I know for me the smell of fried chicken puts me in a flashback serving a no knock narcotics warrant that my buddies head got turned into a canoe from a 12 gauge at 4 feet away. They were cooking chicken and were tipped off by a look out so knew we were coming in. Needless to say there is no KFC in my future. ?
Thank you all of your reply!!!A trigger can't be helped.. It's symptomatic. A stressor can lead to a trigger ( making them seperate)
The word "victim" would qualify as a trigger based on what you're written. (In the same way as the OP used "You are so sweet" as a trigger phrase.Sorry for using the term incorrectly.
My therapist uses the term when he sees me get keyed up and we can't figure out the specific reason but we know it's a hot button. FOR instance: I spoke about being referred to as a victim as a "trigger" because it is what my therapist called it. I don't know what specifically in my past makes me have such an extreme reaction. By definition it should probably be called a stressor.
So is a trigger vs a flashback about time (yes I get that it’s not just time)? I have had both that I know fell in one category or the other, firmly so, but I have others I’m unsure of. If you re-experience something but it’s relatively short is it still a flashback? I know this may just be semantics but I do genuinely want to know.Trigger = starts from one of your senses and end instantly in a reaction. Not a full memory or re-experiencing event, ending with an instant symptomatic reaction.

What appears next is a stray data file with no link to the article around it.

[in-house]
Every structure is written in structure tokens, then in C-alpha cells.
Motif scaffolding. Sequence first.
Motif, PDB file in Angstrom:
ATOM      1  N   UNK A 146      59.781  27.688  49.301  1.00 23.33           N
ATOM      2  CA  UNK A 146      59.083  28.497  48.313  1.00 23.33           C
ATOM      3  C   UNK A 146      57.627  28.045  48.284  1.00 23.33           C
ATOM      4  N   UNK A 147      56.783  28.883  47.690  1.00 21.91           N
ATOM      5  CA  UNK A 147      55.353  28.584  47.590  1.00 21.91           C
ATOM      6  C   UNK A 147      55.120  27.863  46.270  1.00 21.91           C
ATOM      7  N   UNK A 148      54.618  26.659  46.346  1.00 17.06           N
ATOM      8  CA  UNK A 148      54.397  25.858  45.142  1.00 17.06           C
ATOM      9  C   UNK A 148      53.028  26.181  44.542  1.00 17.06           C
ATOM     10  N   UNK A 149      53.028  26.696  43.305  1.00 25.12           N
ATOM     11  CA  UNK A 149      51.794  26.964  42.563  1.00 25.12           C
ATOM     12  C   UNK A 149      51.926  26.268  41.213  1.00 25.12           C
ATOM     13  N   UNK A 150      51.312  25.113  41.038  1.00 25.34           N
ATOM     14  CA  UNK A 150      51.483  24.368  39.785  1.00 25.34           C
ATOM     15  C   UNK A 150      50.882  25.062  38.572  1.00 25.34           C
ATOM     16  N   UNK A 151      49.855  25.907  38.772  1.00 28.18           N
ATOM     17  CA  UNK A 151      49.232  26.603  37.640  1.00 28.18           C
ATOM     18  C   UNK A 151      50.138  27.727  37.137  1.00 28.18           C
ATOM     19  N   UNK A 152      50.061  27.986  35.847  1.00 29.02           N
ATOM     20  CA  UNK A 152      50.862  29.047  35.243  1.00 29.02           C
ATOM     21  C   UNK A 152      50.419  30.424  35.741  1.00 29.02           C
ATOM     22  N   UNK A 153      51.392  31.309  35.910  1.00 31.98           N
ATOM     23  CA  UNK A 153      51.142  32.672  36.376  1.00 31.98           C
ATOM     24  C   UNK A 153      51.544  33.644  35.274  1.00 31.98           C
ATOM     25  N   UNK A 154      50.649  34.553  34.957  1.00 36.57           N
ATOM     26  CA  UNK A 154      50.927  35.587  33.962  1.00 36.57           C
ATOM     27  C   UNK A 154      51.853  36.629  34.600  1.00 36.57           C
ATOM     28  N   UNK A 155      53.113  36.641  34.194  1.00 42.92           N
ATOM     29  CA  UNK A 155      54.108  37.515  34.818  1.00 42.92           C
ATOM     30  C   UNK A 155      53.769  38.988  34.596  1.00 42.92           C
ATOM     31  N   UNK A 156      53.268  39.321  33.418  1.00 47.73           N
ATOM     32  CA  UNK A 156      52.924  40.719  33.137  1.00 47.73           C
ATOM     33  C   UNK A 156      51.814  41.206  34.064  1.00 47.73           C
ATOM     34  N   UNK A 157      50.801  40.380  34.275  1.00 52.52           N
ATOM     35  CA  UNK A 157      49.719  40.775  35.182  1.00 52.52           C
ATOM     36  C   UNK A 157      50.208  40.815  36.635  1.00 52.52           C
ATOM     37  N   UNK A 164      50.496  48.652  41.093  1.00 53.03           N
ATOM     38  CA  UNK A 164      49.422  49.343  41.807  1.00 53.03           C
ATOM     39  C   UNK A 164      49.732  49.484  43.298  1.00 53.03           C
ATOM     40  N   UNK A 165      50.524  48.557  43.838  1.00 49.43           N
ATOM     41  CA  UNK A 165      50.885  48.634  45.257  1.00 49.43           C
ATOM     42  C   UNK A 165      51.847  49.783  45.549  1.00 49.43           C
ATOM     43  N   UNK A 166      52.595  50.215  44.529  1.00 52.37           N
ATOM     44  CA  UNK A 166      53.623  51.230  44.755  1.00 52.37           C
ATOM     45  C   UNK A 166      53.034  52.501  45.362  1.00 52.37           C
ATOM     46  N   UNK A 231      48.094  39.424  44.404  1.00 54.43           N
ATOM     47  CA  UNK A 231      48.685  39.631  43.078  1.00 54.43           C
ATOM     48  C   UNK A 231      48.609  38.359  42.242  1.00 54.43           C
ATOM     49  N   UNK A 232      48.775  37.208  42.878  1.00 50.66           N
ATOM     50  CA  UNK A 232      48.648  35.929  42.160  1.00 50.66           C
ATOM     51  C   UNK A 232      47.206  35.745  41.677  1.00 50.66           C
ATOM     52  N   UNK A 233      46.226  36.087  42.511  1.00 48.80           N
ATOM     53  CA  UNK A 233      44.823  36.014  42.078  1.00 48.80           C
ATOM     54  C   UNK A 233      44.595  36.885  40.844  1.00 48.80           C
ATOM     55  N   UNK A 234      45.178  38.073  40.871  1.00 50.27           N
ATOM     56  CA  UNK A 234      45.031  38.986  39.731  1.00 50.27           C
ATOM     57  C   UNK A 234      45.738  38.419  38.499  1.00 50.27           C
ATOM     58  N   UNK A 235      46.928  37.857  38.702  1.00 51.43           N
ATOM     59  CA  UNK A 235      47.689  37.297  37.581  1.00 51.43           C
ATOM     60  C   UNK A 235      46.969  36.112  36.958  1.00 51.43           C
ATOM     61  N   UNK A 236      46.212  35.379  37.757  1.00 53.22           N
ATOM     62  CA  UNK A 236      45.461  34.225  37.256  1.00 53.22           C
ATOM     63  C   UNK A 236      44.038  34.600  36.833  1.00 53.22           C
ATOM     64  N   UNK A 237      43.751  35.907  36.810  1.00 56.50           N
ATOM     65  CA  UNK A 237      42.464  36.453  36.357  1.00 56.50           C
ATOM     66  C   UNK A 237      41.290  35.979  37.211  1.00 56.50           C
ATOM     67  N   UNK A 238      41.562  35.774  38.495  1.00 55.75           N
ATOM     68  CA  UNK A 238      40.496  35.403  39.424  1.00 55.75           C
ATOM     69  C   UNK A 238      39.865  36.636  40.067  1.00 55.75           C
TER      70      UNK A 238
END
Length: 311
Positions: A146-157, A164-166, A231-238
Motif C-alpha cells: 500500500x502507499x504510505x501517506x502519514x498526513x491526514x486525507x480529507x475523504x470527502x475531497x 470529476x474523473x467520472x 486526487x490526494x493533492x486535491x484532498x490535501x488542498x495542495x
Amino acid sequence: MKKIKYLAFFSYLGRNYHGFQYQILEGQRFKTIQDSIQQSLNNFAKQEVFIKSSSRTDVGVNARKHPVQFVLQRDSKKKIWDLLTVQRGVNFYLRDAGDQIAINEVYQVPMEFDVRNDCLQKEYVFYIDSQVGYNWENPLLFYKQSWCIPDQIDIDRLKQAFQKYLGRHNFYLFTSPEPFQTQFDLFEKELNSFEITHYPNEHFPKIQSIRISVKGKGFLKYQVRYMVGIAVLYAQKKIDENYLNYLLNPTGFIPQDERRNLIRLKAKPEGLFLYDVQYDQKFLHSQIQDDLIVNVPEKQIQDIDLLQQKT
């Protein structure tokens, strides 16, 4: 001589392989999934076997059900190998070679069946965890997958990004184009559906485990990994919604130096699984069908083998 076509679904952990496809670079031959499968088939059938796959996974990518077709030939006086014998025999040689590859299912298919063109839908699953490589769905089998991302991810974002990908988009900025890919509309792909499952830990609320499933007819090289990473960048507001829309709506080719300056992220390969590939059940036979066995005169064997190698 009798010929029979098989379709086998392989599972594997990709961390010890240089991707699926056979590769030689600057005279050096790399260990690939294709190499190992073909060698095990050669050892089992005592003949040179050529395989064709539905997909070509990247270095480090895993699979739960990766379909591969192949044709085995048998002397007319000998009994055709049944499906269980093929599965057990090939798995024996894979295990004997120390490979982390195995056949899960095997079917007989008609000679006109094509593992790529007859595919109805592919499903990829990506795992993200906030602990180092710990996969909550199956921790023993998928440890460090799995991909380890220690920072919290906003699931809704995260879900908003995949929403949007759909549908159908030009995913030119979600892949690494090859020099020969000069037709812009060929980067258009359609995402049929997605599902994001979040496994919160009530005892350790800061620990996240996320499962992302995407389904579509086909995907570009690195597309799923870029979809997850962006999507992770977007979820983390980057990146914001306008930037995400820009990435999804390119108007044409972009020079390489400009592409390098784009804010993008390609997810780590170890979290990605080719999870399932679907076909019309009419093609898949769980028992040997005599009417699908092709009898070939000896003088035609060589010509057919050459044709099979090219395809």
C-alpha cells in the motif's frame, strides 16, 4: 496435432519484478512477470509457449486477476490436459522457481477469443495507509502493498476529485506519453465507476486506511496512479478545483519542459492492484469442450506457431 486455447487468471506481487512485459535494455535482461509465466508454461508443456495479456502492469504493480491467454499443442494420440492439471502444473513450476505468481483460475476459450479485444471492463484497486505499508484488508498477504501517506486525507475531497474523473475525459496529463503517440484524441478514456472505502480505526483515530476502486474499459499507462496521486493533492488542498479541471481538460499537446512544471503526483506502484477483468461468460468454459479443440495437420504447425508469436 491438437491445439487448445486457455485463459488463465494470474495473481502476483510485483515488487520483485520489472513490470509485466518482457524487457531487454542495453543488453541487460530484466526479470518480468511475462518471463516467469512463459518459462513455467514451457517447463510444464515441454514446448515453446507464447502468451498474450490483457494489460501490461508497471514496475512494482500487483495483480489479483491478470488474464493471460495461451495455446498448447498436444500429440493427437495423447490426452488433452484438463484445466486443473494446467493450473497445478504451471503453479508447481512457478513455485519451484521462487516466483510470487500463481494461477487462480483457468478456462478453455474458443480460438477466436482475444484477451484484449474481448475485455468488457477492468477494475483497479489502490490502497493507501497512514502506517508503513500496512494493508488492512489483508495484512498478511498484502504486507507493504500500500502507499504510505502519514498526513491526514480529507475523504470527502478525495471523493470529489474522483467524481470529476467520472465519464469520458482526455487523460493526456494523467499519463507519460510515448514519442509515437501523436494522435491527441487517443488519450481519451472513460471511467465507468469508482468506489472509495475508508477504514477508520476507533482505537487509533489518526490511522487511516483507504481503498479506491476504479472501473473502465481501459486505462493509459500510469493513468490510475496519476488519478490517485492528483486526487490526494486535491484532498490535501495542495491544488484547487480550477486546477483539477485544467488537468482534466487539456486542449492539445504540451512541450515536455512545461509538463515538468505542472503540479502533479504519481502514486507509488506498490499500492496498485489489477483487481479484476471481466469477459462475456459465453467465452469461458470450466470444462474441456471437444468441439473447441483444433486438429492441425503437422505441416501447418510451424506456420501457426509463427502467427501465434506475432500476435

Flashback = a memory recall that could be started via a sense, though could just be started by a thought, though is an actual "re-experiencing" event, whether full or partial, but more than just a fleeting thought. Does not end in an instant symptomatic reaction, though could have some or heightened reactions hours or days later.
No. Duration has nothing to do with anything. Literally forget about duration.So is a trigger vs a flashback about time (yes I get that it’s not just time)?
Semantics is important. You have actually had both if you had a flashback, because preceding a flashback requires a triggering event (one of the five senses) that sends your brain to a past time experience that you now reexperience in one or many various manners (senses, memory, etc)I have had both that I know fell in one category or the other, firmly so, but I have others I’m unsure of. If you re-experience something but it’s relatively short is it still a flashback? I know this may just be semantics but I do genuinely want to know.
You are bringing a focus of flashbacks to this discussion, which the discussion is actually about whether something is a trigger or a stressor.If I can feel it, see it and sometimes smell it but it lasts 20-60 seconds is it a flashback? Sometimes I’m unsure if it happened in real life though as emotionally charged as it is I’m guessing it did. Since the abuse started young and there is a lot of it, I can’t possibly remember all of it (thankfully).
It sounds like criticism and perceived criticism may be a trigger.One recurring pattern that I have is that when someone tells me something negative about myself (or when I perceive it that way) or sometimes when a bad thing like getting a parking ticket for instance happens, I can get very upset and angry